So let’s talk for a minute about the environment that ASW takes place in: The Ocean.
Unlike combat on land, or even on the water’s surface, hunting the enemy underwater has a unique set of variables that must be taken into consideration. For starters, you can’t see the target, and he can’t see you. It’s the one element where, for all intents and purposes, both sides are fighting blind. That doesn’t mean we can’t “see” the enemy, but it means we can’t visually ID him. We have to use our sense of hearing as our prime sensor.
Now the Ocean is made up of salt water, and has an enormous number of life forms which call it home. These, too, must be taken into consideration, because they make sounds which will interfere with our target’s sounds. Additionally, there are all sorts of vessels plying their trade up on the surface, and they also radiate noise into the water, which will bounce around and help mask our elusive prey. So what to do, what to do.
As talked about in other posts and comments, you can plop a hydrophone into the water and listen. You can get general information that way, but to get the information in a manner that alolows us to locate, fix, and attack or track a target means we need to refine the data.
Sound in water is affected by a variety of environmental variables. The three general effects are Absorption, Refraction, and reflection. These will muffle, scatter, or bounce the sound waves as they travel between the noise maker and the listener. To these three general effects must be added some physical ones: Temperature, Salinity, and Pressure, known as the “TeaSPoon” effects. The lower the temperature, the faster the sound waves will travel, because the molecules which vibrate are closer together, and therefore use less energy transmitting the sound, thus allowing for more energy to be transmitted. Salinity and pressure also add speed, due to making the water more dense. Considering the speed of sound 4388 feet per second, the equation is thus:
4388 + (11.25 × temperature (in °F)) + (0.0182 × depth (in feet)) + salinity (in parts-per-thousand )
This will give you a close approximation of the actual speed of sound and can be further refined if needs be.
Now, sound is also effected by pressure in two ways: The more deep the sound goes, the more resistance it meets until eventually it is bent upwards. It will then travel upwards until it reaches the thermocline, where the warmer water will bend the sound back down and the process will repeat. The stronger the sound energy, the longer this pattern can repeat. I have personally tracked one intense sound source, traveling in this manner, more than 400 miles away. The name for this effect is called a “convergence zone”. If you could look at it visually, it would appear as a series of ever-expanding donuts. Inside of each donut, the sound will appear to the listener as a “direct path”, but once you reach the donut hole, or get outside the donut, the sound drops off.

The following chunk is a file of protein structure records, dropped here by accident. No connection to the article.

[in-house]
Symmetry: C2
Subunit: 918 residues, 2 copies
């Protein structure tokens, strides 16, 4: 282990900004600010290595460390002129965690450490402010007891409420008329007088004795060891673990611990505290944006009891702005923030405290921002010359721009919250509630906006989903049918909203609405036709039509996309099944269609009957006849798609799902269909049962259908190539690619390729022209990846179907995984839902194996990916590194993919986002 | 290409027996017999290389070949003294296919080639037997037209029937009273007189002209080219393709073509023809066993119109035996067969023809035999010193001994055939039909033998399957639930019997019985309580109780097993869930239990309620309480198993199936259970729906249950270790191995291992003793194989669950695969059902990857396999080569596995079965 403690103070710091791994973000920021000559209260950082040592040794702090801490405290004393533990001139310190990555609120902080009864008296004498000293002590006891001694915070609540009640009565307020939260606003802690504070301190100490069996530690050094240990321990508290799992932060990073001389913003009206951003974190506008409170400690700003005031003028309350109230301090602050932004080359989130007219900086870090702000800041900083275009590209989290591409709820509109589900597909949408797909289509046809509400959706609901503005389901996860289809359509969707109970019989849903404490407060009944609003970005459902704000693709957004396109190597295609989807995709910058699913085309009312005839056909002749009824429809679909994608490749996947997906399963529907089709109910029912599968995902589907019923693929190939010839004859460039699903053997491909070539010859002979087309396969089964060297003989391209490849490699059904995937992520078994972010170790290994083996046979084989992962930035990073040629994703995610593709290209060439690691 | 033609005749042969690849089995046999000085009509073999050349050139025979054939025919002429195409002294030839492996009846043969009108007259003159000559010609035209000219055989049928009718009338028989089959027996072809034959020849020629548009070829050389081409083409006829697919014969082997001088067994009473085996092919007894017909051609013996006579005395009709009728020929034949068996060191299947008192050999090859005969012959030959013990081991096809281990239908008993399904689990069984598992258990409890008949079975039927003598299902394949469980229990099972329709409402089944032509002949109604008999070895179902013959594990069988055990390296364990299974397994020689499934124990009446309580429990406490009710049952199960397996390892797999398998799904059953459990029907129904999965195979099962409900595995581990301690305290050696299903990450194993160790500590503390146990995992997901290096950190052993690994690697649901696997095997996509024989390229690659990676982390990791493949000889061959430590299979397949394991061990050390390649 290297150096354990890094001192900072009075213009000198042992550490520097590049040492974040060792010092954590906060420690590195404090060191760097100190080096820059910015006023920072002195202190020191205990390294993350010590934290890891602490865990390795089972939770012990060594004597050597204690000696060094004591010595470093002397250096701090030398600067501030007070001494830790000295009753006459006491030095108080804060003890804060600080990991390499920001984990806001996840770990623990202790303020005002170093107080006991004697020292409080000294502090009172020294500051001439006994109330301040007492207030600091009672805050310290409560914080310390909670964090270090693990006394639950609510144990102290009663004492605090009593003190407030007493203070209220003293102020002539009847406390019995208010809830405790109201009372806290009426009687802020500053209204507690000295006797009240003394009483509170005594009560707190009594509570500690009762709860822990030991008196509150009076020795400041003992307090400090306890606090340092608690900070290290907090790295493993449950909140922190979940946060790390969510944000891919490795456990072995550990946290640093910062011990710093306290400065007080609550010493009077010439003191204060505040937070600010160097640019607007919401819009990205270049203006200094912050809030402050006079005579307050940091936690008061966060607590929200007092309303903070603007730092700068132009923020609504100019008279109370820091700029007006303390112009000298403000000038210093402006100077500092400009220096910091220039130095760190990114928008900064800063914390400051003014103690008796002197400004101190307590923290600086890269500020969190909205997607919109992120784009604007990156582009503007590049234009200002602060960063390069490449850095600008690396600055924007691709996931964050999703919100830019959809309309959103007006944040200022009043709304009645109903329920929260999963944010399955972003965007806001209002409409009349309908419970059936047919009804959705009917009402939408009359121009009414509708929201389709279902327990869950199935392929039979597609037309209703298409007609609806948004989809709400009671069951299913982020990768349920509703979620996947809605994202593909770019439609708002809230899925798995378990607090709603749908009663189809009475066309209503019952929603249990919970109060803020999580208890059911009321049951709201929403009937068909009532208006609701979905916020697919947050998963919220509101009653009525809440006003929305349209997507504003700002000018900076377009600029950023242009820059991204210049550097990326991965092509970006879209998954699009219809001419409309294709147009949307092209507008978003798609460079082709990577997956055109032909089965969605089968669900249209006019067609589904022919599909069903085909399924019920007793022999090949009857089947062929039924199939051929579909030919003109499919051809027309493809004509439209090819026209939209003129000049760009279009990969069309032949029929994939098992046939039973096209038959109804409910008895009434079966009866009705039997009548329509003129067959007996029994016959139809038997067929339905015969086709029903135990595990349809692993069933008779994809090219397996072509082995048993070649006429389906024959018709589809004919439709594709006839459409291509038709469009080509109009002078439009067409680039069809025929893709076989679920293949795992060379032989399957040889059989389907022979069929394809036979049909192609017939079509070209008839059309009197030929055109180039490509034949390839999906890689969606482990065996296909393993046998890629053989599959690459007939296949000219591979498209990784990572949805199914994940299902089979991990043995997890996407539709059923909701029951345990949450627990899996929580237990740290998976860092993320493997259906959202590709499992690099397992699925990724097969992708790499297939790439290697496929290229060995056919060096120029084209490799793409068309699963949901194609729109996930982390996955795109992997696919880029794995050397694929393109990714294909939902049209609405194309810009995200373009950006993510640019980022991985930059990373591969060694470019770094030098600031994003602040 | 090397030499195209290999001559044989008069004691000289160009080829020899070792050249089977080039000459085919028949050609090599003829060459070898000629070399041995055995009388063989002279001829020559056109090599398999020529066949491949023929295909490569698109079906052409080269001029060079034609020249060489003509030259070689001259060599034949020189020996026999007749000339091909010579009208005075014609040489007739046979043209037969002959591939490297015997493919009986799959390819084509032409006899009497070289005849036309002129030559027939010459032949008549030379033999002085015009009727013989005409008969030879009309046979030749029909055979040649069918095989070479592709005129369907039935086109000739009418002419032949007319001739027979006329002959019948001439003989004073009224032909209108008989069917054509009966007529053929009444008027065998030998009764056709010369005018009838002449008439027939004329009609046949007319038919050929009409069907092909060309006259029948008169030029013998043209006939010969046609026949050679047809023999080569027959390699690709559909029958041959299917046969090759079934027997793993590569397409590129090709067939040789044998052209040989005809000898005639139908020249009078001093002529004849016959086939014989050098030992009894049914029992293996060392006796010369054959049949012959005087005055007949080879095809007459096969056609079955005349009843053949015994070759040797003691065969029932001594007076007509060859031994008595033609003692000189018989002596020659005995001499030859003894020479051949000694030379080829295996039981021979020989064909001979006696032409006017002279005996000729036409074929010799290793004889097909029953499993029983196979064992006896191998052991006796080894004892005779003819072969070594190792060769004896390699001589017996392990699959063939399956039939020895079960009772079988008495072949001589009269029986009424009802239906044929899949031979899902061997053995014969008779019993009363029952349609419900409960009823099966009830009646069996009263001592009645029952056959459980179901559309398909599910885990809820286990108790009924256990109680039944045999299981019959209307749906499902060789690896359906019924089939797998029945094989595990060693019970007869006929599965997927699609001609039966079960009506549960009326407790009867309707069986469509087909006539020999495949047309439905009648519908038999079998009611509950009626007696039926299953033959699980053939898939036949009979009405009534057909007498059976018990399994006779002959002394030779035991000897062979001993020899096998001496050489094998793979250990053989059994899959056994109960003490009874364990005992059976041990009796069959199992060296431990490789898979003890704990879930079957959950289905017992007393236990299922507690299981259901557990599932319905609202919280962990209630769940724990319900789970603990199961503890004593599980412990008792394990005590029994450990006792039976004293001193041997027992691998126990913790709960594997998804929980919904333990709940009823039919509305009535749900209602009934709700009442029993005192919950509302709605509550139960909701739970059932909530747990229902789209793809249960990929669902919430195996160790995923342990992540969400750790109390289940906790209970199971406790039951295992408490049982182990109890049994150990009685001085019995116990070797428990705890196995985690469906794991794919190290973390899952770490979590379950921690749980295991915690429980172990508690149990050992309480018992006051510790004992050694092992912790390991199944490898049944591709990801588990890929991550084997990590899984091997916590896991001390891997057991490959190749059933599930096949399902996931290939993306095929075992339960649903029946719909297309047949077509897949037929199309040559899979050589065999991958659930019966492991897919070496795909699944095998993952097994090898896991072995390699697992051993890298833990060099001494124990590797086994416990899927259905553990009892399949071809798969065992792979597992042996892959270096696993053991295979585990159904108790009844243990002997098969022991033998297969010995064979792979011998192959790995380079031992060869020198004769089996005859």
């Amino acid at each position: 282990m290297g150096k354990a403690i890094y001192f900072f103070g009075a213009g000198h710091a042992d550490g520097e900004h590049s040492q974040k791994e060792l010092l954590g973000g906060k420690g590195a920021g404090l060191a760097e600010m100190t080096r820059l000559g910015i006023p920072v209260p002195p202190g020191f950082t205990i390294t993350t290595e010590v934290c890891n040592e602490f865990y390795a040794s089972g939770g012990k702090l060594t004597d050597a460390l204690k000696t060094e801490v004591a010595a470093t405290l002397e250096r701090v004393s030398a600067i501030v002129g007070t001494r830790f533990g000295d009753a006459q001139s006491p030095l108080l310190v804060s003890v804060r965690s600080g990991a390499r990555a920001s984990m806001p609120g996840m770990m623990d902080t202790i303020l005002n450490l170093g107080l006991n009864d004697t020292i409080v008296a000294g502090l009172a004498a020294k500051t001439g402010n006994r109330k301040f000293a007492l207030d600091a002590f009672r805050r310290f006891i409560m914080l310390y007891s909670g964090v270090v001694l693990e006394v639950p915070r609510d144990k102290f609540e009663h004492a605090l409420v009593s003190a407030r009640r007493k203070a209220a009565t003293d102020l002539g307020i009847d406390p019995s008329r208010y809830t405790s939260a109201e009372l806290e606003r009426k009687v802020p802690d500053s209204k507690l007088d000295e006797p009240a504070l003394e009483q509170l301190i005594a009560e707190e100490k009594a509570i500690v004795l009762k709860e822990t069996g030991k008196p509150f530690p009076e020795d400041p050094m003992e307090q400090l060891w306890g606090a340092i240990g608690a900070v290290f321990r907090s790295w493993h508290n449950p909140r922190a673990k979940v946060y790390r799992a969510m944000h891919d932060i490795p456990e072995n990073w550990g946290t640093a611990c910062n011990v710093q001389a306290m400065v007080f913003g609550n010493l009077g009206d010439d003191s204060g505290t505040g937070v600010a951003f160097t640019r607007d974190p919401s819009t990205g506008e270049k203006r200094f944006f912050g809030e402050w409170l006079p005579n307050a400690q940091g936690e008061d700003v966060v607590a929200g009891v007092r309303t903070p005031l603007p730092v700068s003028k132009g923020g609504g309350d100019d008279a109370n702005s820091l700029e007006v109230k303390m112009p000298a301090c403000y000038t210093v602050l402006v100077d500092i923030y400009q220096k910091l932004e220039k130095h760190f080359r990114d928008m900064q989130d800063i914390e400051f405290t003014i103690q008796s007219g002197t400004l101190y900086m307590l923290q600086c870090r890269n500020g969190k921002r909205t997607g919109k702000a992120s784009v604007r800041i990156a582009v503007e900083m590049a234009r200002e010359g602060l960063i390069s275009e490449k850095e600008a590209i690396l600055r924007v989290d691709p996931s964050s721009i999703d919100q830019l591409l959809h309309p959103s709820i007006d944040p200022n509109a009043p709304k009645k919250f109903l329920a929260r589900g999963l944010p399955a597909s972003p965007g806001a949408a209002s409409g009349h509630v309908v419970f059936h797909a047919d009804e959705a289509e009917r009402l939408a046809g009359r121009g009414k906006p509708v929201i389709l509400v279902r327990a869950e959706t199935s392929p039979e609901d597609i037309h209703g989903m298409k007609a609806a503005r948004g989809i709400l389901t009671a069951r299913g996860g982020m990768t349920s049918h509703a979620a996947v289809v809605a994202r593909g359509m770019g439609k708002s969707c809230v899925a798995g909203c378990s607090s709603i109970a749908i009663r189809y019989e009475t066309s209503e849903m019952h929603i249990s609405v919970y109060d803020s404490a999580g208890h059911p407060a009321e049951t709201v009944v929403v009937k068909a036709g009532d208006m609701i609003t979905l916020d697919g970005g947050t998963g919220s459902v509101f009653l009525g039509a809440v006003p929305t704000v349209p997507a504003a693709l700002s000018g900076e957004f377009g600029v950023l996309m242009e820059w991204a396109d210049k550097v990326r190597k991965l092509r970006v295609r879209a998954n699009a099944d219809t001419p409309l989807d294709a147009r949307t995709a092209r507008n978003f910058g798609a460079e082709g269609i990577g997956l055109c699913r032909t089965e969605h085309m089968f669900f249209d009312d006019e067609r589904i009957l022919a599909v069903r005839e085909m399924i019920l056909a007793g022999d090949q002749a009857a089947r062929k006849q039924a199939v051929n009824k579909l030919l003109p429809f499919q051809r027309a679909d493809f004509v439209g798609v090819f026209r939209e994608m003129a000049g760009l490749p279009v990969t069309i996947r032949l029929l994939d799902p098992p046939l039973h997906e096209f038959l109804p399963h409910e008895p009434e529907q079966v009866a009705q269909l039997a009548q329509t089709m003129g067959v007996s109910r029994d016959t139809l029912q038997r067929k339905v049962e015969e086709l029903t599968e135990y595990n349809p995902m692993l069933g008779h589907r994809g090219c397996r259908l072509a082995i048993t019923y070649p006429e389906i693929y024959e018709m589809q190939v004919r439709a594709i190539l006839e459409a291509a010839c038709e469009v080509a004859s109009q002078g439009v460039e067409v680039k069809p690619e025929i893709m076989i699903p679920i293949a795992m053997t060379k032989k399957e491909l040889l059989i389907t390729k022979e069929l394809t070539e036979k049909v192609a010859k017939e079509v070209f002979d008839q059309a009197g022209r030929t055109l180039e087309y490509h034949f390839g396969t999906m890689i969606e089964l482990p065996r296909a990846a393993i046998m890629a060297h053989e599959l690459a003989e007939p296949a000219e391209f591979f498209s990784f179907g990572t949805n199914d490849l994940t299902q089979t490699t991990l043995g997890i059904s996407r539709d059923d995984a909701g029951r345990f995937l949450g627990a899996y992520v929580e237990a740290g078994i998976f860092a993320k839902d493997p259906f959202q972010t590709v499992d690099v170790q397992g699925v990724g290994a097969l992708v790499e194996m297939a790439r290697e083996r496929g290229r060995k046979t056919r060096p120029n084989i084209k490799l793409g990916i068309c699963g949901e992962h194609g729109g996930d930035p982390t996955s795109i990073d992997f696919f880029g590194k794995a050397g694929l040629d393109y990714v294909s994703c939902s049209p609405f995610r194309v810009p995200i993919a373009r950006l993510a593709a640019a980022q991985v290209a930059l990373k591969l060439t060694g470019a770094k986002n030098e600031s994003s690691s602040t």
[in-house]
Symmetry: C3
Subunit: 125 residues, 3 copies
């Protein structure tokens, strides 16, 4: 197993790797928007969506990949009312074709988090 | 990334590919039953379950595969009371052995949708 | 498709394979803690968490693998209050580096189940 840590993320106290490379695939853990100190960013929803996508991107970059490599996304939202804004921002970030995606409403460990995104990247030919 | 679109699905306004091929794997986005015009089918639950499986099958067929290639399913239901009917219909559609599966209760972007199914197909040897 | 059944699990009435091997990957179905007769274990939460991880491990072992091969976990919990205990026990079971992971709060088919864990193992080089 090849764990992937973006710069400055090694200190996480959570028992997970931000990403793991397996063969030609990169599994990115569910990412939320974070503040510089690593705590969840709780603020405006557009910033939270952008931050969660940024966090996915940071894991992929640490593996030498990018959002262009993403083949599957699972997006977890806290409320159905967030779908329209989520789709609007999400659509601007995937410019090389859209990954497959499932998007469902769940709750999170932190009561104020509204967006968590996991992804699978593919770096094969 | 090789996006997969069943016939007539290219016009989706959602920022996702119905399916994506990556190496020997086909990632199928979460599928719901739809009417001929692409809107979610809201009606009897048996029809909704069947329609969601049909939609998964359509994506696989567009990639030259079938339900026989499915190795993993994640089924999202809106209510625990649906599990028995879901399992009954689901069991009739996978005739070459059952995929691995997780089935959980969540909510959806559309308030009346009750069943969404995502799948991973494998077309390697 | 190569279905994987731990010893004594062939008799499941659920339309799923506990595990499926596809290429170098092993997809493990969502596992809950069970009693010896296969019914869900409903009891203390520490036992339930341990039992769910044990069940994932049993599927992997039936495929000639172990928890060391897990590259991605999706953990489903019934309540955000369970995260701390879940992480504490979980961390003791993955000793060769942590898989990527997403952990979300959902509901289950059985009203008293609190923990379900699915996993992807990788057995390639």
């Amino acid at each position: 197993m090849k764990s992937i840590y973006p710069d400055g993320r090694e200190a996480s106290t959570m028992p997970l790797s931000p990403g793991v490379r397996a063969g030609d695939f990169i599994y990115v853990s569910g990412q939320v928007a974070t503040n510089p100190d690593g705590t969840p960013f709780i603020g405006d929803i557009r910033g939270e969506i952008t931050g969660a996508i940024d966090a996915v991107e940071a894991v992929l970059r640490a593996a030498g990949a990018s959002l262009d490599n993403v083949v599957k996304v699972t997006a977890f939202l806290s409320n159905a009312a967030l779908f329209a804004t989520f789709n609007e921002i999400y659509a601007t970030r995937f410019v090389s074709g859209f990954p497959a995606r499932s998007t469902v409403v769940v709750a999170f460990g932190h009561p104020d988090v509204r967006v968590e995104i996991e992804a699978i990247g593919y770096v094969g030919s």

When a Convergence Zone, or “CZ” as it’s called in the trade, is not present, then almost always you will have “direct path” contact. that means that the sound radiating from the target is traveling directly to the hydrophone with little to no interference.
More data here
How do we deal with all of this data? How does this come into play? Here follows a general overview for a crew operating a P-3 Orion.
On the way to the station, the crew is developing the basic environmental data. The Op Area has already been defined for them, developed from other data and presented at the briefing. The distance to the Op Area will determine the amount of time spent on station. Missions usually lasted 10-12 hours, and the shorter the transit time, the better.
Once onstation, the crew will drop a BT buoy to garner local temperature data and add that into their equations. The environmental data (coupled with the type of target) will determine what distance to space the sonobuoys, and also what type of pattern (and how many buoys) they will be dropped in. The P-3 can monitor 16 buoys at one time, and has a maximum of 31 separate channels to receive the data on. Technically, you could drop 31 buoys, and monitor them alternately, but that is never done. You use one pattern to generate contact, then add more buoys to refine the data as the situation develops.
The normal pattern is a single line, called a barrier, across the estimated path of the target. These barriers can be many miles long, with the buoy spacing designed so that their detection ranges overlap, not leaving any dead zones for the target to slip through. It’s just like having overlapping fields of fire for machine guns, artillery, or even radars.
One other modifier should be talked about: weather. Weather affects both the target and the crew on the P-3. It isn’t a whole lot of fun bouncing around in turbulence for hours at a time, and the crew’s effectiveness can easily be degraded. If the storm is large enough to increase the sea state and wave height, then it can (and will) rip the hydrophone cables right out of the buoy. Rain will also cause more noise on the surface, which, for the most part only effects shallow water, or littoral areas, and targets operating in the thermocline.
In the old days, Soviet subs kept a careful eye on the weather, and would maneuver whenever possible to be under the local thunderstorm. It used to be a standing joke amongst the flight crews that the easiet way to find a sub was to locate the nearest storm cell in the op area.
Okay, that’s the basics. next post will talk about tactics, and what happens onstation.